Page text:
- Applications: The puncture test was first used in 1925 for characterization of gelatin substances.
- Determination of the level of freshness of fruit and vegetables
- Determination of the level of freshness of baked products
- Specimen material: Fruit, vegetables, baked products
- Function description: The puncture needle is used for puncture tests to determine the freshness of various foodstuffs.
It is pressed into the specimen to a defined penetration depth. A significant force reduction is visible as soon as penetration occurs.
- Applications: Testing the viscosity of liquid and paste-like substances
- Specimen material: Liquid and paste-like substances (e.g. yogurt, sauces, oils, fruit preparations)
- Function description: The principle of the back extrusion fixture is based on the displacement of the test material through an annular gap between piston and back extrusion cell.
The test substance is loaded into the cell. The piston travels downwards in the cell, thereby forcing the material upwards through the annular gap. When the piston is raised, the material flows back through the annular gap into the cell.
- The test cycle can be repeated as often as required, with freely selectable shear rates. The test can be optimally adapted to the test material, and the viscosity can be measured across the entire shear range with one single test.
- The viscosity can be determined directly in containers from ongoing production. This rules out prestressing of the material caused by transfilling.
- Flow influences that occur in production plants can be reproduced by altering the annular gap and the moving speed.
- Use of a larger annular gap allows fruit preparations to be tested also.
- Automatic pre-conditioning of the material is also possible where required.
- Adjustment aids allow the annular gap to be set quickly and easily.
- An insert-plate with alignment pins ensures precise location of the back-extrusion cell following cleaning.
- Test results on Newtonian fluids correlate with results from measurements with rotational viscometers. Obtain reproducible, comparable test results for non-Newtonian fluids, generally with more sensitive characteristics than those obtained with rotational viscometers.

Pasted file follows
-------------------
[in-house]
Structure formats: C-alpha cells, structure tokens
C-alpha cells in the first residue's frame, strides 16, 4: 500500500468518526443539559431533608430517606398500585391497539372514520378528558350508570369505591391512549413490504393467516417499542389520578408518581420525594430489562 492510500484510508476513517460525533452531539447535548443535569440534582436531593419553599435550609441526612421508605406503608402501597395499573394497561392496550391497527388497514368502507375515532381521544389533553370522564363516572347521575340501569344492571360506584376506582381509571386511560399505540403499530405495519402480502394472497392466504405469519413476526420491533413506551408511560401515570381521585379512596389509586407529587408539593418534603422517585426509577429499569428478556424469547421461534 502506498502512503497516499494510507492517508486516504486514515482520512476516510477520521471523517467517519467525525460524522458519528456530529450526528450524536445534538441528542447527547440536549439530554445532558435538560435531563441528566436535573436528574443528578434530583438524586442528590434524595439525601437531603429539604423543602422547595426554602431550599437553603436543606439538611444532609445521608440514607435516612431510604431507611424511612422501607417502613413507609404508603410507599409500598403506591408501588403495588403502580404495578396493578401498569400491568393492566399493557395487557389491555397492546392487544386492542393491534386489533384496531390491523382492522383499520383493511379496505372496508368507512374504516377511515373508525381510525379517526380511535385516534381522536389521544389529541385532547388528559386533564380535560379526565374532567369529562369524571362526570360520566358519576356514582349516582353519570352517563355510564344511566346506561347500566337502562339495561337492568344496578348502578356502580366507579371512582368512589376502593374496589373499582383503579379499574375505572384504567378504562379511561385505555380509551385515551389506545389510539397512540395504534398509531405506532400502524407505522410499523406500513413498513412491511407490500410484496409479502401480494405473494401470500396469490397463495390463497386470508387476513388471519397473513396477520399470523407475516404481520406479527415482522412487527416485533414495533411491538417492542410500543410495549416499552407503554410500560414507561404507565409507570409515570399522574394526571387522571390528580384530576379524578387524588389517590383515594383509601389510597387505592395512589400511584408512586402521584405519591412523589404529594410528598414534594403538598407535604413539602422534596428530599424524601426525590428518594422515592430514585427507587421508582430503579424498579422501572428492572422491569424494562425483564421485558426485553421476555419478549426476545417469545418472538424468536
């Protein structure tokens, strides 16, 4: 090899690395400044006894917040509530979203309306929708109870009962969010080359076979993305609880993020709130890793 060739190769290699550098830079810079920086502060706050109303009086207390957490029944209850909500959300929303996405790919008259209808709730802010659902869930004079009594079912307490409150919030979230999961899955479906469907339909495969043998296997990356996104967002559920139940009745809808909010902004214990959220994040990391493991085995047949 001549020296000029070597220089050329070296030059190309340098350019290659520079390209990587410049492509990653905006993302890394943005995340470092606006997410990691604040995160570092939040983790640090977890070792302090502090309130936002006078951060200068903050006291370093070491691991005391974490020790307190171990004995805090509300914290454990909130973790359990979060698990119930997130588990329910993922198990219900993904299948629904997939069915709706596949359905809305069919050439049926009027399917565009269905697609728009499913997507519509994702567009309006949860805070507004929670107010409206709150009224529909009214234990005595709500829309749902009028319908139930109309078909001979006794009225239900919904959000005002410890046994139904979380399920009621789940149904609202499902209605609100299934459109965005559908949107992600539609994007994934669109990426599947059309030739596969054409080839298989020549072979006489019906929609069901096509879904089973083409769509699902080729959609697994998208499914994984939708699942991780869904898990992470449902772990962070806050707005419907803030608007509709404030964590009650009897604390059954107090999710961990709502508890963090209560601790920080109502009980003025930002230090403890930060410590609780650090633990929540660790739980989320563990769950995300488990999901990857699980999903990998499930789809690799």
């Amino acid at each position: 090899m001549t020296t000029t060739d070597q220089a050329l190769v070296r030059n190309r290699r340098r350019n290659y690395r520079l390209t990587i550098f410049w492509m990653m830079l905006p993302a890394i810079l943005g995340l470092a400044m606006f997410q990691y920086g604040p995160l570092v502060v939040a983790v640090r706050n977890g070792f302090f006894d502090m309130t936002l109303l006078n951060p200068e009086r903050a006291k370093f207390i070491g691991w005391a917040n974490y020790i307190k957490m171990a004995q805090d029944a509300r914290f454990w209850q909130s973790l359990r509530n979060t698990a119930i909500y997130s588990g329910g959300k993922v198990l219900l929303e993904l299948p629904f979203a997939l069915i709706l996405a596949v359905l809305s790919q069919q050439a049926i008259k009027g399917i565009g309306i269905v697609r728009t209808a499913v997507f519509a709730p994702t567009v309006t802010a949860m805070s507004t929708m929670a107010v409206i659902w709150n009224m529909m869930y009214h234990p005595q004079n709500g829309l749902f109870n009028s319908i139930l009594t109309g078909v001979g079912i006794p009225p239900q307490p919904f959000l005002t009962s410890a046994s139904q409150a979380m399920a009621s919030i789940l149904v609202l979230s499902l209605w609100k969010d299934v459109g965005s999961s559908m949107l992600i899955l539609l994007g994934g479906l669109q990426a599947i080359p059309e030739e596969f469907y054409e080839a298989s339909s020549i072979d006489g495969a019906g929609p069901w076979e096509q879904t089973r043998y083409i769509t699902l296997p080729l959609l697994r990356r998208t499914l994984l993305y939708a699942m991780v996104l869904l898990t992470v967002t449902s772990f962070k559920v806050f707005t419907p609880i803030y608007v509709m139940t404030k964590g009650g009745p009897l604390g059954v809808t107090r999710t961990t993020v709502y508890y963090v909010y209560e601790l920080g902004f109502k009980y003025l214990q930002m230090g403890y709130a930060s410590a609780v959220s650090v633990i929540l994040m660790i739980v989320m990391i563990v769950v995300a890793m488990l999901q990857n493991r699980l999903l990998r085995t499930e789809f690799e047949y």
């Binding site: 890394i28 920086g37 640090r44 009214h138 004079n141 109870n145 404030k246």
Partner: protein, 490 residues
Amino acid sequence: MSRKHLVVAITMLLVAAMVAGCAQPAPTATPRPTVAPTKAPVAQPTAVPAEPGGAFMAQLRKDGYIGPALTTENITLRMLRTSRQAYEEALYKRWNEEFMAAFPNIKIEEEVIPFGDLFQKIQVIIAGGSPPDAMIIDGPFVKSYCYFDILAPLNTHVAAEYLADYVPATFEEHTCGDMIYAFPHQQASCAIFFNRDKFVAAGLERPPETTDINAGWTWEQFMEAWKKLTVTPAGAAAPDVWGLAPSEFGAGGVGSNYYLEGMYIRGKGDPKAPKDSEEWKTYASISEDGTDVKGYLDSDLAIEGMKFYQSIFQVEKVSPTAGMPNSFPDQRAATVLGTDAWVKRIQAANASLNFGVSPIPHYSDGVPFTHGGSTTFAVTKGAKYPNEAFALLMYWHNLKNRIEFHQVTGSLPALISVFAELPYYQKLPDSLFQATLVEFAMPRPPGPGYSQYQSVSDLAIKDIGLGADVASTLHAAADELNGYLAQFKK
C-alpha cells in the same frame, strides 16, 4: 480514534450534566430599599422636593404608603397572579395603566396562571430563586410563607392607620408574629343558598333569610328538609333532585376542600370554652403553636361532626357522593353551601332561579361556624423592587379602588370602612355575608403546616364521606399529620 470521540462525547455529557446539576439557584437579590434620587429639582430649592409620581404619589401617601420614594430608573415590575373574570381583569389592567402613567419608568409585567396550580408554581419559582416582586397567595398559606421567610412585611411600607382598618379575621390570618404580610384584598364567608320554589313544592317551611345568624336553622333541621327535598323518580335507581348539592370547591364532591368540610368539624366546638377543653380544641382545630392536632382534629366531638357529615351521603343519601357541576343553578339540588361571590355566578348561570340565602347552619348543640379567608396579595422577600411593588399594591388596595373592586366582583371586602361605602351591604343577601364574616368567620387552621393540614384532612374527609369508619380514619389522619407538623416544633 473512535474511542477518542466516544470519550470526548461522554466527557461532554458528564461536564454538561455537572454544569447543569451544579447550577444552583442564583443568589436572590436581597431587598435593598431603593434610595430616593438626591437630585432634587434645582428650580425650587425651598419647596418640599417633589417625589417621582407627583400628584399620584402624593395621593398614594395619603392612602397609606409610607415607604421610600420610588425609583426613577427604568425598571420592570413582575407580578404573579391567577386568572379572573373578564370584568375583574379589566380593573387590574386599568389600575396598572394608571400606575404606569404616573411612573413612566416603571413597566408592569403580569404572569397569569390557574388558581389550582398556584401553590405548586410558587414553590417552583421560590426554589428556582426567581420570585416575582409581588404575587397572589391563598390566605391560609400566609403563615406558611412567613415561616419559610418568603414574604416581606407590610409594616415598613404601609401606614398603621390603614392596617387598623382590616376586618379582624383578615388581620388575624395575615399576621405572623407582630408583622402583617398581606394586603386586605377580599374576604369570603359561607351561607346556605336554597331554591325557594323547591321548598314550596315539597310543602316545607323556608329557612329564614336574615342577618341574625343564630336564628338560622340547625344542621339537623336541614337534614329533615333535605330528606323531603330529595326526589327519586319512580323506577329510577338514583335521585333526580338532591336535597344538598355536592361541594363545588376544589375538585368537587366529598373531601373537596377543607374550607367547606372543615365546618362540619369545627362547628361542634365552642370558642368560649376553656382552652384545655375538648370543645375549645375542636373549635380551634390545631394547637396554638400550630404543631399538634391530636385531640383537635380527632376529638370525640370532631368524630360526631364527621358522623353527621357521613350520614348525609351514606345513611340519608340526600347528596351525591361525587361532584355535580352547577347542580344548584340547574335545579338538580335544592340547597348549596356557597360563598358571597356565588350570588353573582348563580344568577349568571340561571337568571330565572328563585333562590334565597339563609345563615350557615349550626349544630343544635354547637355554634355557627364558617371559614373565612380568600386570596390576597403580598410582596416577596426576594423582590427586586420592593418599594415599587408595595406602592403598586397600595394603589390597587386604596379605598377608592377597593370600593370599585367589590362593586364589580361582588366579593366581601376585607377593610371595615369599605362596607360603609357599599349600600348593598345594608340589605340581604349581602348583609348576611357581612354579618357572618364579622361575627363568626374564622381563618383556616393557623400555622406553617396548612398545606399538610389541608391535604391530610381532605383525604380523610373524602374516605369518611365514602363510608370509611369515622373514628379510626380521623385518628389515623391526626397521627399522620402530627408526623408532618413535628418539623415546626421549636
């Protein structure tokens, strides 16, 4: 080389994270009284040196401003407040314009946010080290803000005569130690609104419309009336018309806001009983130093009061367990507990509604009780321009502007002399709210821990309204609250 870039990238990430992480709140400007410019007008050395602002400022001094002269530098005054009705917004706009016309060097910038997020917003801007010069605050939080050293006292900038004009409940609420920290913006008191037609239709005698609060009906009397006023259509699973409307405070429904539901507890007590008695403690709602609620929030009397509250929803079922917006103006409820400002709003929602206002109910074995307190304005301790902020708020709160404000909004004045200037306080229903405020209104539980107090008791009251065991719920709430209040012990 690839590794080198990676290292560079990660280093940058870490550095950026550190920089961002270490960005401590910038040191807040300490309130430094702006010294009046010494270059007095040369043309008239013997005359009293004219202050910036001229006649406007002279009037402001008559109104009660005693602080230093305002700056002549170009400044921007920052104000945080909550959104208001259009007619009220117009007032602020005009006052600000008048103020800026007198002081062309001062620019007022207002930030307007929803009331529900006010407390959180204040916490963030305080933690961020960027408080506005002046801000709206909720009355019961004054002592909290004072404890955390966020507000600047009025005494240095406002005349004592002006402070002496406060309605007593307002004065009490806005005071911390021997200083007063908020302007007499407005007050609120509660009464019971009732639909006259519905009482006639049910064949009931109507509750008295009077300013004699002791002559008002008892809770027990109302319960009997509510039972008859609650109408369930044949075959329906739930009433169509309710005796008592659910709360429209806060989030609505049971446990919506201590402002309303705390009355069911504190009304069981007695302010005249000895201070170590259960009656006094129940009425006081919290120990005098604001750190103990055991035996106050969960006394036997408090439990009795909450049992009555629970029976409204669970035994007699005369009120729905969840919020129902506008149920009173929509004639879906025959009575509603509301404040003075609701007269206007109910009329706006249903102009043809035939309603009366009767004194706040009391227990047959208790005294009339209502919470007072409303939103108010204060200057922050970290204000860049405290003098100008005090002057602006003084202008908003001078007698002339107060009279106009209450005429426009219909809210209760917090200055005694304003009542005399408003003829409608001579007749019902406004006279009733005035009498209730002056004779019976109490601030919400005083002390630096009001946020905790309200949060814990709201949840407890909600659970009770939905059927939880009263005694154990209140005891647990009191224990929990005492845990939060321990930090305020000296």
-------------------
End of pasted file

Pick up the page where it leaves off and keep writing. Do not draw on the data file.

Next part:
- Applications: Testing the hardness, firmness or pressure-sensitivity of semi-solid products, for example for analysis of the stacking behavior or aging behavior
- Specimen material: Butter, cheese, fruit, pasta, similar materials
- Function description: The compression die is screwed on to the compression die holder. During the compression test the compression die penetrates into the specimen.
- Advantages: Screw connection for fast, easy changes.
- Approximate simulation of the "bite behavior" (canine teeth) when eating fish, meat, pastries
- Determination of the tenderness/toughness of meat and fish products
- Determination of the shear behavior of pastries
- Specimen material: Fish, meat, pastries
- Function description: The Warner-Bratzler cutting device consists of a slotted blade guide, upon which a round or rectangular specimen can be placed, and a blade with blade holder. The base frame is used to mount the specimen. During the test it guides the blade.
- Advantages: Good result reproducibility means test is used very frequently and serves as a kind of “standard”.
- Approximate simulation of a one off bite of chopped foodstuffs
- Determination of texture behavior of small pieces of fruit and vegetable products, cereals, etc.
- Specimen material: Fruit, vegetables, cereals, similar materials
- Function description: The Kramer shear cell simulates biting of chopped foodstuffs.
It consists of an upper and a lower slotted cell, in which the specimen material lies, as well as a blade unit with rectangular blades. The blades drive through the inserted specimen material at a constant speed, compressing and shearing it until it is pressed through the cell's floor. As a result you obtain the force displacement or force time sequence, from which you can tell how the specimen reacts to chewing motions. The extruded specimen material is collected on a universal work platform.